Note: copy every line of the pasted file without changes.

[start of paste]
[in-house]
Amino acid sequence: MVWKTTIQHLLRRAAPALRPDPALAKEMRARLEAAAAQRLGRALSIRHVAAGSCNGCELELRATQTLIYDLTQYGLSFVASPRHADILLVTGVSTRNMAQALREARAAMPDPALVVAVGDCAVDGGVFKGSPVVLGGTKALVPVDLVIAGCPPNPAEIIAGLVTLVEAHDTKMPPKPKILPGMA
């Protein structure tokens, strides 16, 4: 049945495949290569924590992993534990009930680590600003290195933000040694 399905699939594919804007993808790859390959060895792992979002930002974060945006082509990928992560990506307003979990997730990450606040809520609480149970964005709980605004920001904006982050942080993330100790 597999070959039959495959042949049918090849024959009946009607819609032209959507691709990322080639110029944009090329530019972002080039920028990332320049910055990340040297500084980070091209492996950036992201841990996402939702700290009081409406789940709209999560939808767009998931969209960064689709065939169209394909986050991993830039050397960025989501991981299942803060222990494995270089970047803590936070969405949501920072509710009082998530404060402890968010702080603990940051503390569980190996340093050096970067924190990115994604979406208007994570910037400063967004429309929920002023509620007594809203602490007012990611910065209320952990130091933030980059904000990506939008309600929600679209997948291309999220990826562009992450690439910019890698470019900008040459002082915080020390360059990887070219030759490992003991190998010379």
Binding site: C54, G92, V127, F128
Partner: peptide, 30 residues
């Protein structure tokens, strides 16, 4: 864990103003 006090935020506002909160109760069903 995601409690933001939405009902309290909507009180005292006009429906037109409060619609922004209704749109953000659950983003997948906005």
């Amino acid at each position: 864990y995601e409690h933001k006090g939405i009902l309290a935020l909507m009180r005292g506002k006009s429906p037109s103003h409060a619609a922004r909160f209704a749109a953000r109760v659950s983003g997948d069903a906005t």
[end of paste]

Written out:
[in-house]
Amino acid sequence: MVWKTTIQHLLRRAAPALRPDPALAKEMRARLEAAAAQRLGRALSIRHVAAGSCNGCELELRATQTLIYDLTQYGLSFVASPRHADILLVTGVSTRNMAQALREARAAMPDPALVVAVGDCAVDGGVFKGSPVVLGGTKALVPVDLVIAGCPPNPAEIIAGLVTLVEAHDTKMPPKPKILPGMA
């Protein structure tokens, strides 16, 4: 049945495949290569924590992993534990009930680590600003290195933000040694 399905699939594919804007993808790859390959060895792992979002930002974060945006082509990928992560990506307003979990997730990450606040809520609480149970964005709980605004920001904006982050942080993330100790 597999070959039959495959042949049918090849024959009946009607819609032209959507691709990322080639110029944009090329530019972002080039920028990332320049910055990340040297500084980070091209492996950036992201841990996402939702700290009081409406789940709209999560939808767009998931969209960064689709065939169209394909986050991993830039050397960025989501991981299942803060222990494995270089970047803590936070969405949501920072509710009082998530404060402890968010702080603990940051503390569980190996340093050096970067924190990115994604979406208007994570910037400063967004429309929920002023509620007594809203602490007012990611910065209320952990130091933030980059904000990506939008309600929600679209997948291309999220990826562009992450690439910019890698470019900008040459002082915080020390360059990887070219030759490992003991190998010379």
Binding site: C54, G92, V127, F128
Partner: peptide, 30 residues
């Protein structure tokens, strides 16, 4: 864990103003 006090935020506002909160109760069903 995601409690933001939405009902309290909507009180005292006009429906037109409060619609922004209704749109953000659950983003997948906005």
């Amino acid at each position: 864990y995601e409690h933001k006090g939405i009902l309290a935020l909507m009180r005292g506002k006009s429906p037109s103003h409060a619609a922004r909160f209704a749109a953000r109760v659950s983003g997948d069903a906005t």